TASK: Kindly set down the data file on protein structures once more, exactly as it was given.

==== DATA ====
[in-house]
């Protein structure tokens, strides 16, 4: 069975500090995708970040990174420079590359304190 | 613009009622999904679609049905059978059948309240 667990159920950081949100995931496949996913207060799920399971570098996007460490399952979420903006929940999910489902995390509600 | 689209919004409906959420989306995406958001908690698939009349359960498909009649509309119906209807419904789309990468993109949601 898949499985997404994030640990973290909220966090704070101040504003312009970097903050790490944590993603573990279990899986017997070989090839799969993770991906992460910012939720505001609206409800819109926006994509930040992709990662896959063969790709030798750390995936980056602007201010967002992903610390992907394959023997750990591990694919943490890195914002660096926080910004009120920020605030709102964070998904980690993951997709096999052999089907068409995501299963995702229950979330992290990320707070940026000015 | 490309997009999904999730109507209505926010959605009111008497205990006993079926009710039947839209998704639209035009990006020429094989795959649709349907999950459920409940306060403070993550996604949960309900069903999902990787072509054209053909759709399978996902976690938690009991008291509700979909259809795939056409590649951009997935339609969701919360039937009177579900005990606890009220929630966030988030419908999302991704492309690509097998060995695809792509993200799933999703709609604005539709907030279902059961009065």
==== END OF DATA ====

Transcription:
[in-house]
């Protein structure tokens, strides 16, 4: 069975500090995708970040990174420079590359304190 | 613009009622999904679609049905059978059948309240 667990159920950081949100995931496949996913207060799920399971570098996007460490399952979420903006929940999910489902995390509600 | 689209919004409906959420989306995406958001908690698939009349359960498909009649509309119906209807419904789309990468993109949601 898949499985997404994030640990973290909220966090704070101040504003312009970097903050790490944590993603573990279990899986017997070989090839799969993770991906992460910012939720505001609206409800819109926006994509930040992709990662896959063969790709030798750390995936980056602007201010967002992903610390992907394959023997750990591990694919943490890195914002660096926080910004009120920020605030709102964070998904980690993951997709096999052999089907068409995501299963995702229950979330992290990320707070940026000015 | 490309997009999904999730109507209505926010959605009111008497205990006993079926009710039947839209998704639209035009990006020429094989795959649709349907999950459920409940306060403070993550996604949960309900069903999902990787072509054209053909759709399978996902976690938690009991008291509700979909259809795939056409590649951009997935339609969701919360039937009177579900005990606890009220929630966030988030419908999302991704492309690509097998060995695809792509993200799933999703709609604005539709907030279902059961009065």